Anyway, taking that day was one of the best things I've done for myself in a while. I can't really afford to do that as often as I'd like to, but in the future, I'll be less hesitant to take the time when stuff starts piling up. It's worth it.

* = The main thing I didn't do: call Comcast to cancel/negotiate my cable. I can't pay their exorbitant costs anymore, but I don't understand the competitors' cable/internet options and false advertising and hidden installation fees, and I also dread calling and arguing with them. SOMEONE PLEASE HELP.

** = Heads up: if you buy a car outside Shelby County and keep your old tag, it will NOT be transferred automatically. Even if the dealership said they would handle it, and you received completed transfer paperwork from the Tennessee Department of Whatever.

*** = This is still fathoms better than managing a household of two with no help and little time. (Been there, done that.) But that doesn't mean it's easy.


  1. I can relate on so many levels. Isn't it amazing how quickly the "to do" list can get out of control? It's like it never ends.

    We JUST left Comcast...because their fees have become ridiculous! We went to DirecTV and we LOVE it. We've already received our first bill and there were no hidden fees. Our cable bill has been reduced by $70ish/month. (We do still have Comcast internet and they raised our rates. Regardless, we're still saving ~ $50/month with the switch. You may have other internet choices, but we live in a small town and are stuck.) If you are interested and want more details, I'm happy to share. And I have a coupon I can give you for $100 off (which I'm pretty sure they give you as -$10/month for 10 months.

    1. The only other option I have for internet is Uverse, and that wasn't even available in my area until recently! They offer a bundle with DirecTV that's MUCH cheaper than Comcast, but I went through a fake setup to get a quote and it tacked on a surprise $300 installation fee at the end. That didn't seem right to me (my brother has the same package in Indiana and didn't have any extra fees). So I gave up and walked away from it for the time being. It's so frustrating.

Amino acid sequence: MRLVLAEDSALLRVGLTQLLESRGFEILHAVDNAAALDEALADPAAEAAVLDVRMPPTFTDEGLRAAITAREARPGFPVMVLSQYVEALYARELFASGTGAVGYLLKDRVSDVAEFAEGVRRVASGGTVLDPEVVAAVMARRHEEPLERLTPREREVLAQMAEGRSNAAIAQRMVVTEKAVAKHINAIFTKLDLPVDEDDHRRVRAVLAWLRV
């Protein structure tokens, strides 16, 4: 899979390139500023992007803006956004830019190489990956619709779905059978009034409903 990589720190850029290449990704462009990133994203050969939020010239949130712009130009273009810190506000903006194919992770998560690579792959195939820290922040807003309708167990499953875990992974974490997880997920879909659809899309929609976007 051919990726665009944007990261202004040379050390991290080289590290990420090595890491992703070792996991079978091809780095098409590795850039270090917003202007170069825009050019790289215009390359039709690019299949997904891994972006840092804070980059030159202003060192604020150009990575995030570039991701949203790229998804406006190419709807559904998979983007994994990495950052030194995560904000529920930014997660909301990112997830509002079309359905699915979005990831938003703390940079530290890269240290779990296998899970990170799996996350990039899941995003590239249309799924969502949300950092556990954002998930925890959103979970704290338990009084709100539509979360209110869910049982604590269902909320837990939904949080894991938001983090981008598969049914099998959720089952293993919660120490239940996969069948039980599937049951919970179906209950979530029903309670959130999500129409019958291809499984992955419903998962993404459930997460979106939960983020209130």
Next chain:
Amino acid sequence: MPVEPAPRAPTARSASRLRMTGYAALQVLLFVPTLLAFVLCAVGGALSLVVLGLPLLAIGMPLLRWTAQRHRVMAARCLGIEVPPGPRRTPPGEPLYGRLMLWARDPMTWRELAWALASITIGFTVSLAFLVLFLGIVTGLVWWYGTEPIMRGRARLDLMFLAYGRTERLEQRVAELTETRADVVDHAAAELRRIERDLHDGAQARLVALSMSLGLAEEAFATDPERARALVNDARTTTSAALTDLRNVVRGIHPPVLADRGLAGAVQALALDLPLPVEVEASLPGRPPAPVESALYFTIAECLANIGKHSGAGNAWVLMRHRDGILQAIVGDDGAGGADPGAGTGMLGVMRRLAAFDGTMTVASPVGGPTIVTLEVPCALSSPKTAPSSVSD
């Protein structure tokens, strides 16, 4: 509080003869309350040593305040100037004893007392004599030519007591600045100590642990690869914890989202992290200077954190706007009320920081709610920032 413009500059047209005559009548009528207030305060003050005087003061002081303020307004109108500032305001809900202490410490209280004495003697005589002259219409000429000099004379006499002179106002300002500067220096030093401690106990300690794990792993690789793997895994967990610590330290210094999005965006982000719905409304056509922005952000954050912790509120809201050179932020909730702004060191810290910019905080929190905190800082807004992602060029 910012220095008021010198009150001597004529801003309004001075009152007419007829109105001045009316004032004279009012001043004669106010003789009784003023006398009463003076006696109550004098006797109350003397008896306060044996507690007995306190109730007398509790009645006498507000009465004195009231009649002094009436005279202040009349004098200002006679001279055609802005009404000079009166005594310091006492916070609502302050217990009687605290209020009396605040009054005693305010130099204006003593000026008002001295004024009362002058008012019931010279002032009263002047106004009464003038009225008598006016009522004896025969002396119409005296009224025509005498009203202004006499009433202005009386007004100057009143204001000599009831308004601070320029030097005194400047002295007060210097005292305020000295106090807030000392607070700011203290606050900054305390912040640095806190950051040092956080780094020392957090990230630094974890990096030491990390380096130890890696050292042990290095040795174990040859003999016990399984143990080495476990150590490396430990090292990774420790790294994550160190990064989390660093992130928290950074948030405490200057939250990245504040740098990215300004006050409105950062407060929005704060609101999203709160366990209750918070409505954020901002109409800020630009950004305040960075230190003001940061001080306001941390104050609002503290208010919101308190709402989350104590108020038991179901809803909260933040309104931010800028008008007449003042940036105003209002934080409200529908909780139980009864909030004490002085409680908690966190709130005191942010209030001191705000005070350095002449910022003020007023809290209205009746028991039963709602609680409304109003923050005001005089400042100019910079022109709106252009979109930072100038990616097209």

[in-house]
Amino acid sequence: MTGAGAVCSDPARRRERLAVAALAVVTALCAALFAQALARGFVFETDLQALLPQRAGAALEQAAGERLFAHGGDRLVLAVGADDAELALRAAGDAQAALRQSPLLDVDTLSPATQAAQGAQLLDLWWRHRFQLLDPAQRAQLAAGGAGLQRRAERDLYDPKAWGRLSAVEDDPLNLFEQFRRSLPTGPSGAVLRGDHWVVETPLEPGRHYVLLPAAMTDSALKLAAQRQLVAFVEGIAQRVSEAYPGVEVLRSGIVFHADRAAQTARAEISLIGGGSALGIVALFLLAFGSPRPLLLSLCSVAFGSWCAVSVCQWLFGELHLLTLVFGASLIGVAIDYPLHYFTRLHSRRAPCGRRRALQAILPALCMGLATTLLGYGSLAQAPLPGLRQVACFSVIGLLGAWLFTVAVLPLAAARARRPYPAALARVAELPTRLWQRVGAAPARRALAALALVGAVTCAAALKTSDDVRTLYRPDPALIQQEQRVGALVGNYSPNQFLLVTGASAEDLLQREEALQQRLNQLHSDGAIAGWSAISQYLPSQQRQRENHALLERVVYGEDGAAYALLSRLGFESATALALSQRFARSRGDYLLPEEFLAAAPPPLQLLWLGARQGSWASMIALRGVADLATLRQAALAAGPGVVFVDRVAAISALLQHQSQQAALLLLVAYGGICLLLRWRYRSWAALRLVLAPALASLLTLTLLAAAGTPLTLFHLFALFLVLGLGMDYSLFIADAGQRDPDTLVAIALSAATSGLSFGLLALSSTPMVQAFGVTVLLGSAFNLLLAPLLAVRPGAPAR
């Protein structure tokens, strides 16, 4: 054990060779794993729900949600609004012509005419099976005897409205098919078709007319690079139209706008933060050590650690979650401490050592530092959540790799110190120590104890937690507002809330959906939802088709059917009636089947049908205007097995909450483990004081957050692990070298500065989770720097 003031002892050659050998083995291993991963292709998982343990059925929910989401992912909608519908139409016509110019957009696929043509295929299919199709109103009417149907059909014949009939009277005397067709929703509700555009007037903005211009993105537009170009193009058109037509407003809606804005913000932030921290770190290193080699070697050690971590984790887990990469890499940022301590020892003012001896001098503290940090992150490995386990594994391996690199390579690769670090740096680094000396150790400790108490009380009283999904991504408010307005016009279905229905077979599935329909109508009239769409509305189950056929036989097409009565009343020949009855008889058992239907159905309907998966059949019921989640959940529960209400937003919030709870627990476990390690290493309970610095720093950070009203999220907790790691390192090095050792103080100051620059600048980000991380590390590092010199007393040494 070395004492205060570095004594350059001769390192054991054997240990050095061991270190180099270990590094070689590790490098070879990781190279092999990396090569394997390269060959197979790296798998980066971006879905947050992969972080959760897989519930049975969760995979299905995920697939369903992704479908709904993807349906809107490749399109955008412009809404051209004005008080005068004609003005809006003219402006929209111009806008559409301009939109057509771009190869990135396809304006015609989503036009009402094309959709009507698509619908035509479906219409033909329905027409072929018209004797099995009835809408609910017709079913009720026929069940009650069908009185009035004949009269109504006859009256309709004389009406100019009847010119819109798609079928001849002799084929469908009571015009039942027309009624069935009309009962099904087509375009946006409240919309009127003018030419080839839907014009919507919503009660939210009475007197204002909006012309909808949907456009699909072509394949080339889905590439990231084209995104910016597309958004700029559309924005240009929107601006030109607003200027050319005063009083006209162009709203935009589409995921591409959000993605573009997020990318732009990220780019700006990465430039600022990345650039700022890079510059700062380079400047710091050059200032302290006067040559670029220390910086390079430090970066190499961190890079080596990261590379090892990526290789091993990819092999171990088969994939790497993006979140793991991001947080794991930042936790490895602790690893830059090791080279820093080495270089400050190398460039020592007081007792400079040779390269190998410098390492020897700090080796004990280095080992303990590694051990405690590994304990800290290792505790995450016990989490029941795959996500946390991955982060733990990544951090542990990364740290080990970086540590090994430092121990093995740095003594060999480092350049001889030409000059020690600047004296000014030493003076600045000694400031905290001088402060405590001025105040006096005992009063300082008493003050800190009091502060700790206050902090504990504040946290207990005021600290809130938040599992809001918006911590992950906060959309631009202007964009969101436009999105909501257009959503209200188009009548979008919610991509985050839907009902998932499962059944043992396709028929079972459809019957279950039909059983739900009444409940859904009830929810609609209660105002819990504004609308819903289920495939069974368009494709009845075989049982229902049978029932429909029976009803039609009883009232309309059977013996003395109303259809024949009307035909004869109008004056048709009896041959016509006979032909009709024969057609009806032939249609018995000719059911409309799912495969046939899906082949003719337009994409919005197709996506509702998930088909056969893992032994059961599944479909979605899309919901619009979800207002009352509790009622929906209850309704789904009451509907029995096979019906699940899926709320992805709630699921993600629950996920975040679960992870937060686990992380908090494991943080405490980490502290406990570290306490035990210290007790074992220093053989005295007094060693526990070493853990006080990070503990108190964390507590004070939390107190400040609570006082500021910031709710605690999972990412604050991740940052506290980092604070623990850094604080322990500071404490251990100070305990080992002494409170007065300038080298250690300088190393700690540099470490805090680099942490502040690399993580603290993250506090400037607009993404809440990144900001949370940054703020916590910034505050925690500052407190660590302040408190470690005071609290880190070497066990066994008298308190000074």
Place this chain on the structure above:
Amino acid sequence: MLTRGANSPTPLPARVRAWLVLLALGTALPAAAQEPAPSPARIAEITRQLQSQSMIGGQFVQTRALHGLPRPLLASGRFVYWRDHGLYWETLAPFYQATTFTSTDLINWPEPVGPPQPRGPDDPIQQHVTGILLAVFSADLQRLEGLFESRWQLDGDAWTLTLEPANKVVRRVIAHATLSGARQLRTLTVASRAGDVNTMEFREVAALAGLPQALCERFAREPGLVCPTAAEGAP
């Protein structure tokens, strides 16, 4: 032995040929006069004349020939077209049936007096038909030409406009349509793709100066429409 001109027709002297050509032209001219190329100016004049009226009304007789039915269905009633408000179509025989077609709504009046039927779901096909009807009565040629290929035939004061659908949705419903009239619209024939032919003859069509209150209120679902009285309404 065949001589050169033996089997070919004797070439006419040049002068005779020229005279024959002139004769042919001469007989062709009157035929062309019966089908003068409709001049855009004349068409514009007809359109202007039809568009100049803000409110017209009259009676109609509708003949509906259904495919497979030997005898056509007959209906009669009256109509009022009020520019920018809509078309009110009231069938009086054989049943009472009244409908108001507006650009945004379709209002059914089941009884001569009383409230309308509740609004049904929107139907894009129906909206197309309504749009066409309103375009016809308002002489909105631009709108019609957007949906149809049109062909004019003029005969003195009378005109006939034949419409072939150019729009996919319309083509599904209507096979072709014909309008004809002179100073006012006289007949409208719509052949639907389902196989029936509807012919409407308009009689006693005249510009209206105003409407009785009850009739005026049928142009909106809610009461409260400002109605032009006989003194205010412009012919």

2. I wonder if that 's uverse related? We paid a $20 deposit for DirecTv. Then, we paid $50 for a pole for the receiver thing. You can have that attached to the house for free, but my husband was absolutely set against that $50 is optional & probably not needed in most cases. We had to sign a 2 year contract...which you can break but it will cost you to break it...however, even if that comes to's still cheaper than Comcast. Basically our fees were the $20 deposit & 2 year contract. Everything else was optional. Again, we've already seen & paid our1st hidden was exactly what they said it would be. I don't know anything about uverse...I just know I have to have a hard wire line for Internet for work (lots of people suggested I get the wifi thing from our cell carrier) and my only option for my Internet requirements is Comcast. I'm so over Comcast! Maybe you should just call DirecTv?

    1. Maybe it is Uverse related. I ought to just call them. Thanks for the info! :)